Deborah. I currently live for men in armor and ladies in gowns. I live a Elizabeth Woodville appreciation life. I am and forever will be in love with David Oakes.

Princess of Dorne

unbowed, unbent, unbroken.

lochiels:

H A P P Y  B I R T H D A Y

GEORGE PLANTAGENET, DUKE OF CLARENCE

O C T O B E R,  21st  1449


coelasquid:

smalllindsay:

benkling:

Actual Cannibal Shia LaBeouf

If you’re not already excited about Rob Cantor you will be now.

You know sometimes the way the news is lately leaves me feeling a little hopeless, but then something like this comes along and my wonder and delight in humanity is restored a smidge.

It moves me to tears.


❝And I’m talking about in the future after we’ve killed our husbands. Notice I said kill not divorce; you want everything not half.❞
(my advice to my roommates earlier tonight (via hedwigdiedwtf))


❝A story went about - embellished with every retelling - that the king [Edward IV] had promised to marry Elizabeth [Woodville] as the most direct means to get her into bed, and that Elizabeth had attempted to defend her honor by threatening Edward with a dagger before eventually succumbing to his youthful charm. This titillating tale was included in the Italian courtly poem De mulieribus admirandis (“Of wonderful women”), written in terza rima by Antonio Cornazzano some time before October 1468, so very clearly it had romantic appeal across the Europe. There was probably more poetic fancy than journalistic truth to Cornazzano’s account. All we know from sources immediate to the event is that within a week of Edward’s marriage to Elizabeth Woodville becoming public knowledge, diplomatic channels were buzzing with news that the king had ‘determined to take the daughter of my Lord Rivers, a widow with two children, having long loved her, it appears.’❞
("The Hollow Crown. The Wars of the Roses and the Rise of the Tudors" by Dan Jones (2014)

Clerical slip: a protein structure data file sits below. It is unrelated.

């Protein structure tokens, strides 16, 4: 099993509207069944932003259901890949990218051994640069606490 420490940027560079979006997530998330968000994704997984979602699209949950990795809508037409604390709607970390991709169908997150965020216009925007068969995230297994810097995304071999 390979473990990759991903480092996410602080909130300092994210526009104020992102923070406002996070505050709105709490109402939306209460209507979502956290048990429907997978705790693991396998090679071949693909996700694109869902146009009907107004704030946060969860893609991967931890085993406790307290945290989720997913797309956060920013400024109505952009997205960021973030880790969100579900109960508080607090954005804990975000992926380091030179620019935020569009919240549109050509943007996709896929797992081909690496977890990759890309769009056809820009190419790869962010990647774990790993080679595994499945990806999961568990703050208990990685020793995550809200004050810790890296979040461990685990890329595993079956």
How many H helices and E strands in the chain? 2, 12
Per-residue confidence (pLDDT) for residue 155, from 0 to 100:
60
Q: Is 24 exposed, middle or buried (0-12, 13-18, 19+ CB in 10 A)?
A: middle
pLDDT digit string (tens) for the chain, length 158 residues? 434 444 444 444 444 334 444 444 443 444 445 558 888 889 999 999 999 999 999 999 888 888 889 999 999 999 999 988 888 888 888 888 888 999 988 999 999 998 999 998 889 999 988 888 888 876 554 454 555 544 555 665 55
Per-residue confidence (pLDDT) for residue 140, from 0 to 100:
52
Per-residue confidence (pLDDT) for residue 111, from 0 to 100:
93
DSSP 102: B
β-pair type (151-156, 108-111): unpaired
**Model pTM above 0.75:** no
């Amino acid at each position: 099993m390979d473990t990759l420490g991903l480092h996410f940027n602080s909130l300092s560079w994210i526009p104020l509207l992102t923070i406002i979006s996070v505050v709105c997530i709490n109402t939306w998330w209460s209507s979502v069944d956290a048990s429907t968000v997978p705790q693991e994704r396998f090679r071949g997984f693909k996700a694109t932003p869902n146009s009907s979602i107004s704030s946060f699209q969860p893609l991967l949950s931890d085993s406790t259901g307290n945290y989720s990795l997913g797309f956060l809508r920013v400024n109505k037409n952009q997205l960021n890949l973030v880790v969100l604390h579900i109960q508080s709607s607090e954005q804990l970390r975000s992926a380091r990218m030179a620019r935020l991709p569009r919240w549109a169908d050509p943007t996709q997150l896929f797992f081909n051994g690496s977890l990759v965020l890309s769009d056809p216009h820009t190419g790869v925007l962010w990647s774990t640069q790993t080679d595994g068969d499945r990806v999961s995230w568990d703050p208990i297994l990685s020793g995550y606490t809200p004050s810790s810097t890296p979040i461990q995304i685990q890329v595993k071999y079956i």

(Source: edwardslovelyelizabeth)

)


  • Agamemnon: It's a white flag, and you may as well start waving it right now, Achilles!
  • Achilles: The only thing I will be waving is your decapitated head on a stick in front of your weeping mother!
  • Agamemnon: ... good lord.

(Source: timelordgifs)


(Source: memewhore)


blogofimpossiblethings:

Ugh. Kids these days. With their taste in things that’s different than my taste in things was when I was their age due to the ever-evolving media landscape and constantly growing range of options and things that have nothing to do with their intelligence or anything going down hill. Get off my lawn.


edwardslovelyelizabeth:

On this day in history, 21st October 1449, Birth of George Plantagenet,1st Duke of Clarence, Earl of Salisbury and Warwick
He was born in Ireland because his father was serving there as Lord Lieutenant of Ireland. Out of twelve children George was the 9th child and 6th son (3rd son who survived childhood) of Richard Duke of York and Cecily Neville, he was also brother to the kings Edward IV and Richard III. George married in 1469 Isabel Neville (oldest daughter of Richard Neville, Earl of Warwick - ‘The Kingmaker’), together they would have four children, only two of them, Margaret and Edward, would survive childhood. Though a member of the House of York, he switched sides to support the Lancastrians, before reverting to the Yorkists. He was later convicted of treason against his brother, Edward IV, and was executed in 1478 (allegedly by being drowned in a butt of Malmsey wine).
Pictured: George, Duke of Clarence by Richard Godfrey (1780); David Oakes as George Plantagenet in The White Queen (mini-series, 2013)

edwardslovelyelizabeth:

On this day in history, 21st October 1449, Birth of George Plantagenet,1st Duke of Clarence, Earl of Salisbury and Warwick

He was born in Ireland because his father was serving there as Lord Lieutenant of Ireland. Out of twelve children George was the 9th child and 6th son (3rd son who survived childhood) of Richard Duke of York and Cecily Neville, he was also brother to the kings Edward IV and Richard III. George married in 1469 Isabel Neville (oldest daughter of Richard Neville, Earl of Warwick - ‘The Kingmaker’), together they would have four children, only two of them, Margaret and Edward, would survive childhood. Though a member of the House of York, he switched sides to support the Lancastrians, before reverting to the Yorkists. He was later convicted of treason against his brother, Edward IV, and was executed in 1478 (allegedly by being drowned in a butt of Malmsey wine).

Pictured: George, Duke of Clarence by Richard Godfrey (1780); David Oakes as George Plantagenet in The White Queen (mini-series, 2013)


darkmoonfall:

This will never not be funny

darkmoonfall:

This will never not be funny